Finding a competent trainer with the requisite interpersonal and communication skills can be difficult for a volunteer organisation. These kinds of people are always in demand. If you are a good public speaker, you can apply your expertise to conduct effective training and onboarding for your organisation.
Network and promote your cause to the right circles
As a public speaker, networking and relationship-building would come naturally to you. This is very important for a volunteer organisation as many organisations and causes can struggle to promote themselves – they often do not have the time with all the ground-level work they do.
For example, in Sri Lanka where I live, a lot of the smaller (and some of the bigger) organisations do not have the connections or networks to promote themselves, and their existing volunteers are too busy with routine tasks to focus on social media. While international organisations such as Students For Liberty have an established online presence, local organisations like Child Action Lanka have less resources and capacity to spread awareness, and promote volunteer opportunities and their organisation.
Therefore, any networking to partners, investors, or even fellow networkers is invaluable.
Volunteer as a public speaker
There are also many groups that call specifically for volunteer speakers and cause ambassadors. These are generally organisations and roles that focus on conducting workshops, spreading awareness on certain topics, or teaching. Skills such as speaking in front of an audience, interacting with others, elevator pitching, presentations, and explaining are all utilised in these roles. These competencies are already in a public speaker’s repertoire.
There is even demand for individuals who can pass on their expert public speaking knowledge to others who need it and will benefit greatly from such training. Studies have shown that communication plays a vital role in fostering participation and collaboration for effective community development.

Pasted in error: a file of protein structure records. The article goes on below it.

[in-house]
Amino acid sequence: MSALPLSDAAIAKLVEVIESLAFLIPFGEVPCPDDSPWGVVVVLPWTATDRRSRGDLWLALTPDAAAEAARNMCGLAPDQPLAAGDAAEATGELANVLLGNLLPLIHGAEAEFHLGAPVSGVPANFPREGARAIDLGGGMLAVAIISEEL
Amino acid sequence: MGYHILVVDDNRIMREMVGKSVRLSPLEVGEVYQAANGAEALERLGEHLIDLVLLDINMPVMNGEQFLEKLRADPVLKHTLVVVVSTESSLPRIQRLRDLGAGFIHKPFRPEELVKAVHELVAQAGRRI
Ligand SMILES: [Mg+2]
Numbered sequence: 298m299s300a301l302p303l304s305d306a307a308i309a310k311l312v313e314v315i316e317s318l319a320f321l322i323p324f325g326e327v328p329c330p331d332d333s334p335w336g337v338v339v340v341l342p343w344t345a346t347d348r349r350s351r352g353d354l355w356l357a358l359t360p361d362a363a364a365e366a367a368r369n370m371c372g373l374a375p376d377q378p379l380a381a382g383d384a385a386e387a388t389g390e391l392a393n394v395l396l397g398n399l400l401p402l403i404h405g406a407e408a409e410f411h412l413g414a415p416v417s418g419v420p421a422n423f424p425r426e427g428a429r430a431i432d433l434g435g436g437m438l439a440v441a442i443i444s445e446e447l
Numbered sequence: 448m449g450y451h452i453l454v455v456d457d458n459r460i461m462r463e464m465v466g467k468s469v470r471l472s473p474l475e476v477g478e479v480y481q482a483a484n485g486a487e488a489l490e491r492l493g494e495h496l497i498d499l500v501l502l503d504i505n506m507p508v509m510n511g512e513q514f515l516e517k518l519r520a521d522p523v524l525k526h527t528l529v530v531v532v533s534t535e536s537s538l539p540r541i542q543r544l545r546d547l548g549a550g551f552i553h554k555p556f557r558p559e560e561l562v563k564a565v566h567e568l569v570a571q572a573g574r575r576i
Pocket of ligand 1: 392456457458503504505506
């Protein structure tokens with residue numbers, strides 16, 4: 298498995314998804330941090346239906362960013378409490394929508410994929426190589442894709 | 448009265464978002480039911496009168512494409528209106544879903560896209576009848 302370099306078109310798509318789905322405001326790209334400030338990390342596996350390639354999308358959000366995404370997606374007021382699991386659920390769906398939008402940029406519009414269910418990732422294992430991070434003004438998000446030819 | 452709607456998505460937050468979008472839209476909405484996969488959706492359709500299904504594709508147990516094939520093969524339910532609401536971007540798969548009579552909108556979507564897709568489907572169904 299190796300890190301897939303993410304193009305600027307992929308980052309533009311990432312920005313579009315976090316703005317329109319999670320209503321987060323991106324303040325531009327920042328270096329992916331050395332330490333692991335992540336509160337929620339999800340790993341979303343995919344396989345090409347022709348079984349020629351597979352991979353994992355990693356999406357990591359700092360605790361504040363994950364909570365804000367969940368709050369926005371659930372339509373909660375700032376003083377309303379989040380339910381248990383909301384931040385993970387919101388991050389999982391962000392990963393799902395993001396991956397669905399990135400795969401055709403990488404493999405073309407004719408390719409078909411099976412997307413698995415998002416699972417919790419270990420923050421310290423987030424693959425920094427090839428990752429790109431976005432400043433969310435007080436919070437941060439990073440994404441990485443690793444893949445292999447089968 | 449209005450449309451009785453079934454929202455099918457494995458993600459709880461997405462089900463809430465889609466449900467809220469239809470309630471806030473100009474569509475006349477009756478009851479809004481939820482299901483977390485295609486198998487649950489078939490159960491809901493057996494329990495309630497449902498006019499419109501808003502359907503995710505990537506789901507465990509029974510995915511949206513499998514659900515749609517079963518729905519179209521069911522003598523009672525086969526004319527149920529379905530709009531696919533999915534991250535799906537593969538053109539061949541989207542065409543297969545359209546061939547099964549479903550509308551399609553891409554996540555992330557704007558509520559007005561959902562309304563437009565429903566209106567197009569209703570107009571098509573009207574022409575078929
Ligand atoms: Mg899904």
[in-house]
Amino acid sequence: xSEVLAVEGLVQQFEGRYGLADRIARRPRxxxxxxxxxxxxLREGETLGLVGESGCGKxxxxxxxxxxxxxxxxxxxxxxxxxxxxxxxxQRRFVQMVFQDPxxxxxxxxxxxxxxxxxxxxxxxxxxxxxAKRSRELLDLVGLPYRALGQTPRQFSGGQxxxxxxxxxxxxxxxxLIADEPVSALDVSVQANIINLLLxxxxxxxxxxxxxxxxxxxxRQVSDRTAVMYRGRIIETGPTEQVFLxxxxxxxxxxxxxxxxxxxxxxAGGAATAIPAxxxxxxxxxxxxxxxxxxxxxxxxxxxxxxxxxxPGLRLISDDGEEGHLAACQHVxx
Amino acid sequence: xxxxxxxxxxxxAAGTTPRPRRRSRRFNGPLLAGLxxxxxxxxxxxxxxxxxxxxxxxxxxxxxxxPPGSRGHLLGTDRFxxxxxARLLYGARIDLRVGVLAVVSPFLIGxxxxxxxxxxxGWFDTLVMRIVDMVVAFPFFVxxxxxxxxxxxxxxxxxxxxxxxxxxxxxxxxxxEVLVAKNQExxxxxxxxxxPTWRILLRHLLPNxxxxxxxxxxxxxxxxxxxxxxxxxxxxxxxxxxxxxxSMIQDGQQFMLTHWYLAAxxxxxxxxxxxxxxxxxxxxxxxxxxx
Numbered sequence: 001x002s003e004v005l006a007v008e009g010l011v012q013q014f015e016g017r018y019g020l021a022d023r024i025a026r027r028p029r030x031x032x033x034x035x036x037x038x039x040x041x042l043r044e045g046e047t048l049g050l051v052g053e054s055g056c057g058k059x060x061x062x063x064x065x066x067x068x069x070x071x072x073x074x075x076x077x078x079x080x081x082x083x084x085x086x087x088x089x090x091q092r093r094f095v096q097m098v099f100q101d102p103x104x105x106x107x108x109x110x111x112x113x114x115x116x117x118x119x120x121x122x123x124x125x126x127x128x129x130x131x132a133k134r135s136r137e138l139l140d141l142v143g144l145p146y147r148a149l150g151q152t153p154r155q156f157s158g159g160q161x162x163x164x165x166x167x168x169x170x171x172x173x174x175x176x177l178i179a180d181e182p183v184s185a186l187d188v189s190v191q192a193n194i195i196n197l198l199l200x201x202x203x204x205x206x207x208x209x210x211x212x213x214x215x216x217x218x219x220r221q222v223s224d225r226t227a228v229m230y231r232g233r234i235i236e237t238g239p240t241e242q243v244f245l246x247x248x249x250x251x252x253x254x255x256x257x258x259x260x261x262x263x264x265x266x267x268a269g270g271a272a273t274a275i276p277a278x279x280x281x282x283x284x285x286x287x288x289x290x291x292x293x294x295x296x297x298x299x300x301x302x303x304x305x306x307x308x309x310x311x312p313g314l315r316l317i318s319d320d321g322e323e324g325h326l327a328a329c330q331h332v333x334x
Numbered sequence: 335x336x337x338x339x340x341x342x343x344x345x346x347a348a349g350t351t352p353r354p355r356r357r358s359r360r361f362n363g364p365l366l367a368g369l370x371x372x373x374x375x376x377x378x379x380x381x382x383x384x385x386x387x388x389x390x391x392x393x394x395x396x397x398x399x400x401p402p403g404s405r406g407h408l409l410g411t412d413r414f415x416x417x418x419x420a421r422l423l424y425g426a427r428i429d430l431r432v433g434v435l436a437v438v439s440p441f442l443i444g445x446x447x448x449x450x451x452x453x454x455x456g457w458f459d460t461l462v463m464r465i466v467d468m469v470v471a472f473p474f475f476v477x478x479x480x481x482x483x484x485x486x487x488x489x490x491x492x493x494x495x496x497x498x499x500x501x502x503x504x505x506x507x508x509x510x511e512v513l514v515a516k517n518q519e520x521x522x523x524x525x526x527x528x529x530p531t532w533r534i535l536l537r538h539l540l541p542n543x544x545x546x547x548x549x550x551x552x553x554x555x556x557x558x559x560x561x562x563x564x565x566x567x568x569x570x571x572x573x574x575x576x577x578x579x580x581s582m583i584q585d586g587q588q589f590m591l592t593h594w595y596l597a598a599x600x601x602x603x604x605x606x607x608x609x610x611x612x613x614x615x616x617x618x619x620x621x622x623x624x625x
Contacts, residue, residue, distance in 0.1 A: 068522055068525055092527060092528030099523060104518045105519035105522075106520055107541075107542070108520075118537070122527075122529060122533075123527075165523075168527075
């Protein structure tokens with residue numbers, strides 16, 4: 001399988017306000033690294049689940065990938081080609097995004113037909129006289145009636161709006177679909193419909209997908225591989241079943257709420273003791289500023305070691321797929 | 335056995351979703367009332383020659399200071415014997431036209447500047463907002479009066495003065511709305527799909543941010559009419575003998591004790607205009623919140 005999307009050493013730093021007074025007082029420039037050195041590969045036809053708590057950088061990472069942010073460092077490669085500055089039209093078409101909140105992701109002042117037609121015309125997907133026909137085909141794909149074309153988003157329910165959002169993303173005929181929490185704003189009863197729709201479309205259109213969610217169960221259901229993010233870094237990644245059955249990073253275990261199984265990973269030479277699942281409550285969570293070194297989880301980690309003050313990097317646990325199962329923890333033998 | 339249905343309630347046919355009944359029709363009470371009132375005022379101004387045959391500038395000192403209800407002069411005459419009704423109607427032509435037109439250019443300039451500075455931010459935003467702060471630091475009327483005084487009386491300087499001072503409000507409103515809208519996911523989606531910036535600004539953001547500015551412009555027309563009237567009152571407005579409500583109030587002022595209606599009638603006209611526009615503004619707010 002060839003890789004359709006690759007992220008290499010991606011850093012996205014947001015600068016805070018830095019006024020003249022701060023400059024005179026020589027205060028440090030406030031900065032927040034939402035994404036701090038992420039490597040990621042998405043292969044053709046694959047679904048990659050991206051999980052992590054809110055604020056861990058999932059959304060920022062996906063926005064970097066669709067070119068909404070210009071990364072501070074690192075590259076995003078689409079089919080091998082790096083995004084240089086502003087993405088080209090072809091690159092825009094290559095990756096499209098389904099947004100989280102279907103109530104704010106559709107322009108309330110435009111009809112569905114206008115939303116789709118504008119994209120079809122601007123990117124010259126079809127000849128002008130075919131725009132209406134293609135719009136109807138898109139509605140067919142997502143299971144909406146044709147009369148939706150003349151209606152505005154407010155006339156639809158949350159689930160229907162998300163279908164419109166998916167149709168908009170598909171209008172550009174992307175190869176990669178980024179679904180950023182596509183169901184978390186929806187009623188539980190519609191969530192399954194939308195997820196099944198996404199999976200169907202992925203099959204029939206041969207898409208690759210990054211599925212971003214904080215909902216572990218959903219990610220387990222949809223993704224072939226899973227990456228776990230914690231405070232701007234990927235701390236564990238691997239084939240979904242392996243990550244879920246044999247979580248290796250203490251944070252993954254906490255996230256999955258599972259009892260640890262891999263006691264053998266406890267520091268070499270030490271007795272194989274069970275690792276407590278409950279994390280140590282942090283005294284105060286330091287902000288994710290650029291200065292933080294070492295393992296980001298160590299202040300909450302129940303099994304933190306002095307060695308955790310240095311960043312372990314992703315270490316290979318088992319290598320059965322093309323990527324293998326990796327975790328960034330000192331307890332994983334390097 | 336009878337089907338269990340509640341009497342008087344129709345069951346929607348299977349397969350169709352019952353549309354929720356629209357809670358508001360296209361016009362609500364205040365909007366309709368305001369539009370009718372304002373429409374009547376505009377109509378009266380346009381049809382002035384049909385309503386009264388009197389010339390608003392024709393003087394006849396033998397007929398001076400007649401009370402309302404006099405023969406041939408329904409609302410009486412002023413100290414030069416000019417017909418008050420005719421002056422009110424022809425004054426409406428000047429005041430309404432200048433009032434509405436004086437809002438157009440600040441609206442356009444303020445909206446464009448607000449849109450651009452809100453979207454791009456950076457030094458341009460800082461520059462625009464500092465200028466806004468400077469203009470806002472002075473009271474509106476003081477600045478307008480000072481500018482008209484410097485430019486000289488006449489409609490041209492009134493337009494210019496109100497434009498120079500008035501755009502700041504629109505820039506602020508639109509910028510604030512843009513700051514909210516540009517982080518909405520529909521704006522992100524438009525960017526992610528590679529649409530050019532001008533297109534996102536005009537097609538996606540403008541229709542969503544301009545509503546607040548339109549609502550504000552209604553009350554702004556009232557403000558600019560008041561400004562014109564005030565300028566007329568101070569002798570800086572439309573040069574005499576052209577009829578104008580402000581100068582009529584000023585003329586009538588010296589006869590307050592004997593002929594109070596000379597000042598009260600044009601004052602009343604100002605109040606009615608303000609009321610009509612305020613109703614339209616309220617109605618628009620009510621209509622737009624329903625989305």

If you want to specifically make use of your skills as a speaker, consider taking up a distinct speaking role.
There will always be a place for public speakers
Being a volunteer means many things – a humanitarian, a multi-tasker, a hard worker, and an effective communicator. The latter is where public speaking comes in. As a public speaker your skills are invaluable for a volunteer network and team, and you can utilise your potential in countless ways. Never underestimate the power of words or the output of an effective speaker and ambassador. In a volunteering space, where the hours can be long, the work may be taxing, teams are from all over the place, and broader community support is crucial, words really matter.
IVolunteer International is a 501(c)3 tech-nonprofit registered in the United States with operations worldwide. Using a location-based mobile application, we mobilize volunteers to take action in their local communities. Our vision is creating 7-billion volunteers. We are an internationally recognized nonprofit organization and is also a Civil Society Associated with the United Nations Department of Global Communications. Visit our profiles on Guidestar, Greatnonprofits, and FastForward.